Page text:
For every strategically sound move that Mat makes I wonder how much premeditation went into it. There are few confessionals with Mat outlining his thoughts which leads me to believe that he is either the worst storyteller that Australian Survivor has ever seen or the most reluctant Godfather in existence. Throwing immunity diminishes Mat’s own target but he never really explains why he did it. He tells Steve earlier on in the episode that he thinks they have control of the group but he never really reinforces that to the viewers.
At camp, Mat proposes a split vote between Benji and Robbie. Mat goes to Robbie to tell him that he is a target and then later tells Benji he can save himself by voting for Robbie. Again, what we never see is Matt elucidating his ideas about why voting Robbie will strengthen the tribe or how he plans to keep the majority group together. However, even though we’re not seeing narration from Mat, I still recognise little moments of genius in his game. When he approaches Benji about voting off Robbie, he leads by asking if Sharn has spoken with him. Even though Benji is not in the core Champions group, Mat recognises that the strongest bridge between them is their mutual relationship with Sharn. Asking if they’ve spoken shows Benji that Mat knows the bond he has with Sharn but also suggests that Mat values his vote.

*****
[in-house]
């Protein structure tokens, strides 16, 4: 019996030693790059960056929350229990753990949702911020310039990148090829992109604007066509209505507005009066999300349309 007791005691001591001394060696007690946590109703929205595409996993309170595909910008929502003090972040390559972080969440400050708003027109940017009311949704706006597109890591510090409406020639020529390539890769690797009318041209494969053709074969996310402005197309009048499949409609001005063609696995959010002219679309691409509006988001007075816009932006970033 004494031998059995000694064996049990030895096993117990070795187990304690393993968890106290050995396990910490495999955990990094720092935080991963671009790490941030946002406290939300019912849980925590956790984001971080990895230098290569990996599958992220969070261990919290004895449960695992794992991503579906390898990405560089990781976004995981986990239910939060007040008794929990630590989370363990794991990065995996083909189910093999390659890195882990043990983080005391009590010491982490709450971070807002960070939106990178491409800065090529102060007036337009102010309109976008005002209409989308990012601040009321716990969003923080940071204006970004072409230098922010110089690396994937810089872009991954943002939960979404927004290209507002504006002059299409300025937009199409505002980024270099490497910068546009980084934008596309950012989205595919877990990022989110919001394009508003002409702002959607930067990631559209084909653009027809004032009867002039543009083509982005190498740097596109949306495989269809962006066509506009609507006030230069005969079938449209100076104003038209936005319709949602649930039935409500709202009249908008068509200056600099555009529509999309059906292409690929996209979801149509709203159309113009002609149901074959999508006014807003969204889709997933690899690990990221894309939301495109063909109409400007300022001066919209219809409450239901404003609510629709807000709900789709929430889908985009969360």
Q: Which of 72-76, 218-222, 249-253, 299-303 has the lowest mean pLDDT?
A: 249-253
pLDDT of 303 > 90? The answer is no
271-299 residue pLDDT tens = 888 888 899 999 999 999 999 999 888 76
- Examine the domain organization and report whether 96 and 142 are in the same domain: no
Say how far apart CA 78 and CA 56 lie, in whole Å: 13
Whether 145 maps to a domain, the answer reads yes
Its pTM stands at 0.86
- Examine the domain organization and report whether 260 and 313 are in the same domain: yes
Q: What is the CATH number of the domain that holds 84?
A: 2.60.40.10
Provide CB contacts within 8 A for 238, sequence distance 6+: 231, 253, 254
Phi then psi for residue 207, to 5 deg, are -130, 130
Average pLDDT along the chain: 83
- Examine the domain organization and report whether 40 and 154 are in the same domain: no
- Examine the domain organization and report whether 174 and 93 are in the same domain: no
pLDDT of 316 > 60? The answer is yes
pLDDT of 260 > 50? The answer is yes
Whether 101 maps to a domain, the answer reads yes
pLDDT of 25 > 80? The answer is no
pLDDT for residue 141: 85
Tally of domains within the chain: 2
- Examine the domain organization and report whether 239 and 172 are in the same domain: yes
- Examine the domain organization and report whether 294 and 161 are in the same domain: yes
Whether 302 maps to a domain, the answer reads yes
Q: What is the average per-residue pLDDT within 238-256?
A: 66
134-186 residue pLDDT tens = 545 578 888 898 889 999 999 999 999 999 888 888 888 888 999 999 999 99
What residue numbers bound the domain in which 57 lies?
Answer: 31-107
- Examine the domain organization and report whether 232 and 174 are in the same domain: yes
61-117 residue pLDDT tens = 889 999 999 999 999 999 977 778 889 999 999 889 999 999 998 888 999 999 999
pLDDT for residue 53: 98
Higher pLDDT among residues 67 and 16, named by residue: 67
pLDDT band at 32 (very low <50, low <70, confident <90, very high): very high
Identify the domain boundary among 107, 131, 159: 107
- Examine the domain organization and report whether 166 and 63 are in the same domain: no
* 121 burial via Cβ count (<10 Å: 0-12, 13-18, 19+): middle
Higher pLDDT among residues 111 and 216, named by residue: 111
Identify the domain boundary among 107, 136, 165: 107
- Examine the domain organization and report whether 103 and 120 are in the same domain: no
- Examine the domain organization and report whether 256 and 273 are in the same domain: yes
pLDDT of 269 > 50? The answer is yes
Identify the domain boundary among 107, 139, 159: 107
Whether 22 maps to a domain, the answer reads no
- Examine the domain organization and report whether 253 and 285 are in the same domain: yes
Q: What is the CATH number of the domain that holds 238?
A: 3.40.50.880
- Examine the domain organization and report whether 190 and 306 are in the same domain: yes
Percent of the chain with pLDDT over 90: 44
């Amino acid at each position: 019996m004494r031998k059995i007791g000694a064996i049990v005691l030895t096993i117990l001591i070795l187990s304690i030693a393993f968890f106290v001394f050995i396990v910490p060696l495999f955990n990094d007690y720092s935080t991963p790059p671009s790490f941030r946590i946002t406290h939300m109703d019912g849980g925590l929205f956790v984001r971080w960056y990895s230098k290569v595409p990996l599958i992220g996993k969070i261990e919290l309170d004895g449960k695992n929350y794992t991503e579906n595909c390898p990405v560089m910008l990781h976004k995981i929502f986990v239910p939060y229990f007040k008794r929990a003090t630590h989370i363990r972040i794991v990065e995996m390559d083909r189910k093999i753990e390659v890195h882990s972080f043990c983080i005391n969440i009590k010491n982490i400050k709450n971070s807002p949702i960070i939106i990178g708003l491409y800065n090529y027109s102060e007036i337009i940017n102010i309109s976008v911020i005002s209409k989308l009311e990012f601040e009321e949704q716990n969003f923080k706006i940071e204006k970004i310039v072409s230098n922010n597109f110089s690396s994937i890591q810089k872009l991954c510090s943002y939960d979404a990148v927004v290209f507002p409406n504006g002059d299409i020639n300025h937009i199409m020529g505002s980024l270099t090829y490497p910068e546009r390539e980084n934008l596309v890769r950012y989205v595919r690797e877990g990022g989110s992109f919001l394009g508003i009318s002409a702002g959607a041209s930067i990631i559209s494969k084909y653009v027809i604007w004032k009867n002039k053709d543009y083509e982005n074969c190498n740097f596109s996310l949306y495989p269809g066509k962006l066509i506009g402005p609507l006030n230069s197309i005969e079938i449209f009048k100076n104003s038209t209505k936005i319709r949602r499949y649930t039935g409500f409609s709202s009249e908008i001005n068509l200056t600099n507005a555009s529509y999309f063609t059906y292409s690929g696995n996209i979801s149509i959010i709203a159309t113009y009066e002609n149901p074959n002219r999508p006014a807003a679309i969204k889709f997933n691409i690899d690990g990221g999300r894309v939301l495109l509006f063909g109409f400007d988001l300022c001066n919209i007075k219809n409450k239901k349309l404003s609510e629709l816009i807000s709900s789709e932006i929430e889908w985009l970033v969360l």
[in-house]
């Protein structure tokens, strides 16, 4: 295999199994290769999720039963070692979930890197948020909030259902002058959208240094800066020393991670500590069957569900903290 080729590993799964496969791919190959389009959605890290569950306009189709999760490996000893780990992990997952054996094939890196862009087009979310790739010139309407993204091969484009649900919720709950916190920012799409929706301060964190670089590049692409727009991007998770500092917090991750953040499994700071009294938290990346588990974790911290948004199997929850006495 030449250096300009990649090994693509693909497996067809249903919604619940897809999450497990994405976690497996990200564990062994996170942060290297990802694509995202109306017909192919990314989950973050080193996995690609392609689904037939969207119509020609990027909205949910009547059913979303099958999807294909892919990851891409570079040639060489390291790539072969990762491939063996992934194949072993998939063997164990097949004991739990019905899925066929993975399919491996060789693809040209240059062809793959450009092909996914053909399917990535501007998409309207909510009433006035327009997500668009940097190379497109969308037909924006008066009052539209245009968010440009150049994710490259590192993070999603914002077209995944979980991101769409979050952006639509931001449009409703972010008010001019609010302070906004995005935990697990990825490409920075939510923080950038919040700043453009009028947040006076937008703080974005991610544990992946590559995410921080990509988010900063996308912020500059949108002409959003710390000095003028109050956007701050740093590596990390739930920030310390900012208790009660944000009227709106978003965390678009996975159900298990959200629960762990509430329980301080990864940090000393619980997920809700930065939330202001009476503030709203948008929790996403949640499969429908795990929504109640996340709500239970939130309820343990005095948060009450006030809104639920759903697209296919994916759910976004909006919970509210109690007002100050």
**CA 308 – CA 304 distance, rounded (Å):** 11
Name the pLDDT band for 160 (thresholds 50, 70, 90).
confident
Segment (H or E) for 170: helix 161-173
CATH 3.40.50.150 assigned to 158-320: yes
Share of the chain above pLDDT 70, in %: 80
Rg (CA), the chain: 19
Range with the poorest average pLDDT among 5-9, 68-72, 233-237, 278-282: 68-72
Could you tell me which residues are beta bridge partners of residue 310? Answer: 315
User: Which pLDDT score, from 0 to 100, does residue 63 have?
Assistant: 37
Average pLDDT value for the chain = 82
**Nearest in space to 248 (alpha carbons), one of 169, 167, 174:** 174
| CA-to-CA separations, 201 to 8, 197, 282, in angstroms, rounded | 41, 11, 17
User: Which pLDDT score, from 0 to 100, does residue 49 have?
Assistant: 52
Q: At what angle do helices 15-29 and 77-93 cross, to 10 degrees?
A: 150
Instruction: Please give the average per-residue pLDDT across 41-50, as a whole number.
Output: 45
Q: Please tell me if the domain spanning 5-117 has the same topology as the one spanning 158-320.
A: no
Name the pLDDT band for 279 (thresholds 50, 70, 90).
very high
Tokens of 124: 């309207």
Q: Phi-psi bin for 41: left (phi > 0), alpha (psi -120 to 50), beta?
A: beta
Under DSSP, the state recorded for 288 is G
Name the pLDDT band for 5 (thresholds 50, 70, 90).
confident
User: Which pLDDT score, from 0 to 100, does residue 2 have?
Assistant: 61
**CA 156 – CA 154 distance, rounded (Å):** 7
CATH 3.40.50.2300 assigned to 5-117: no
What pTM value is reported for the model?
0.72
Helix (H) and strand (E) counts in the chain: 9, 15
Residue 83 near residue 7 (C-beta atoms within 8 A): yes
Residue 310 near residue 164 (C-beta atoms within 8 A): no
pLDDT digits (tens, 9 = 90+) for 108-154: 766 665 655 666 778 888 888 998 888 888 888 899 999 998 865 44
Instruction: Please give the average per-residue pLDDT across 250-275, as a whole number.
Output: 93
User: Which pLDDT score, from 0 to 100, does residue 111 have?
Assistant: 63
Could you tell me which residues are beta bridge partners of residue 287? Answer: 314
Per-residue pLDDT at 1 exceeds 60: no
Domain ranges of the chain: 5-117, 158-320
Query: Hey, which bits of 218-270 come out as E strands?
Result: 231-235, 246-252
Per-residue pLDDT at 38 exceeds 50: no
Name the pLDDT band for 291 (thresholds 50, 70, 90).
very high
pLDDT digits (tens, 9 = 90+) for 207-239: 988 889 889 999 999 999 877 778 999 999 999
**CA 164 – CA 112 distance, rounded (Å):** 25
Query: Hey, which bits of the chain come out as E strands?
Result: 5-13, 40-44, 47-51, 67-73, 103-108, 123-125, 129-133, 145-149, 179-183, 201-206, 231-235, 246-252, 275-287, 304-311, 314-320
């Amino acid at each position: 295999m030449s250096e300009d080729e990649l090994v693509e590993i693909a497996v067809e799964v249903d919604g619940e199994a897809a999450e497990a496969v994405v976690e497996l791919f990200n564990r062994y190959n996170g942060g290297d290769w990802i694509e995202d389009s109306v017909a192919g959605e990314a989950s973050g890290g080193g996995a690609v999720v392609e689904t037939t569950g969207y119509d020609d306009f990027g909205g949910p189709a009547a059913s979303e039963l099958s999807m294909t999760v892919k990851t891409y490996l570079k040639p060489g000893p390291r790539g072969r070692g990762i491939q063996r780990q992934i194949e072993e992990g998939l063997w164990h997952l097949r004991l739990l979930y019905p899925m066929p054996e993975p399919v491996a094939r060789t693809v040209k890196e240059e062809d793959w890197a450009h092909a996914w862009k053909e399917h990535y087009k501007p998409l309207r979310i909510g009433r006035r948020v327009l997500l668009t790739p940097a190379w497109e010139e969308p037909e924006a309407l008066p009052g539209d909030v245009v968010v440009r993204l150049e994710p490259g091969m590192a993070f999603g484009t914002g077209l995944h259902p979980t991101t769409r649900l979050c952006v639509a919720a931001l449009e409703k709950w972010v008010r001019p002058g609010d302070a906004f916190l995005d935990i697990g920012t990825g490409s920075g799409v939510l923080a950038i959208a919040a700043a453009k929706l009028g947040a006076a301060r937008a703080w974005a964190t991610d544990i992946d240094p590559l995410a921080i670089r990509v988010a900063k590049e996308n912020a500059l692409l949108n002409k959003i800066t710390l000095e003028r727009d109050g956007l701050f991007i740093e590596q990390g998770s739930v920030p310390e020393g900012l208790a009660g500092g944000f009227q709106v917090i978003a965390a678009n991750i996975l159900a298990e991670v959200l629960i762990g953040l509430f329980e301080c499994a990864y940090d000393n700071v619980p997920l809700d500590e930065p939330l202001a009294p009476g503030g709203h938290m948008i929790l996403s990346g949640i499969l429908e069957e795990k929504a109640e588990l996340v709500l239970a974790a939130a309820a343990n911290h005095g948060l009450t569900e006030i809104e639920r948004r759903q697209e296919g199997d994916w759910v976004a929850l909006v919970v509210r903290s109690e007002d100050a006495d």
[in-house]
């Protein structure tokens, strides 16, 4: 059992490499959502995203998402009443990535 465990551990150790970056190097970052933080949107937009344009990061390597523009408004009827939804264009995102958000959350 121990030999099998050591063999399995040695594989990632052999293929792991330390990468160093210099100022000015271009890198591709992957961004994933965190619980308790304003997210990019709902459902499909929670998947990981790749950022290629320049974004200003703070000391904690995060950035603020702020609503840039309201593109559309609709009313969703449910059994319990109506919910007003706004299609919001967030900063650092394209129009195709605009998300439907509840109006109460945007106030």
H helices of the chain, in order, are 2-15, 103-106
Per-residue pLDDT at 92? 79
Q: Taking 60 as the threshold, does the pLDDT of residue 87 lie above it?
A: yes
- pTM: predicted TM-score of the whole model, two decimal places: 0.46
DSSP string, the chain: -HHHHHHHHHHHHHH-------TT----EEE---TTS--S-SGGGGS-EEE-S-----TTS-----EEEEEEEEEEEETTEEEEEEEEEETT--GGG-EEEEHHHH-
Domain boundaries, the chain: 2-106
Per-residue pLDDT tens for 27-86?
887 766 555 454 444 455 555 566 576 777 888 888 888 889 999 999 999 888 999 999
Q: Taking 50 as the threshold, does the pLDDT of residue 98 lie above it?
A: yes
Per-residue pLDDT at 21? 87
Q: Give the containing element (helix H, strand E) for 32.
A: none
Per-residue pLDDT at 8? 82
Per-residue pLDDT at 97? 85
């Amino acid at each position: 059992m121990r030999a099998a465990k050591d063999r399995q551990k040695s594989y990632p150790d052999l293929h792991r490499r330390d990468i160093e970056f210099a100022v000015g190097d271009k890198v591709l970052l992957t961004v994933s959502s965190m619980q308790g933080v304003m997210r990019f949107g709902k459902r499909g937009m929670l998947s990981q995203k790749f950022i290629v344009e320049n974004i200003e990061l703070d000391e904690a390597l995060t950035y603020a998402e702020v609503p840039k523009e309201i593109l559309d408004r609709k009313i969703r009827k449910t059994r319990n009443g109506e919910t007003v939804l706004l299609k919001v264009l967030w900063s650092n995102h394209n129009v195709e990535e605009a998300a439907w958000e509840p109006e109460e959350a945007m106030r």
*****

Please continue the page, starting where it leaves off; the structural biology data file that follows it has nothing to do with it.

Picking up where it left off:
Upon hearing his name as a target, Robbie vows to fight for his survival. In reality, this means Benji will campaign for Robbie because Robbie’s social game so far has consisted of going googly eyes for first Zach, the man mountain, then Lydia, the Olympian. Everybody Benji approaches sees the merit of his idea: take out Mat, the biggest remaining threat in the game which will break up the majority alliance and open up chances for the outsiders to have more strategic equity. Sam agrees but says he’s not sure about the timing. Shonee says she will consider it and she and Fenella wonder if having Robbie as a meat shield of sorts is best for their game. Sharn talks it out but seems non-committal to his idea.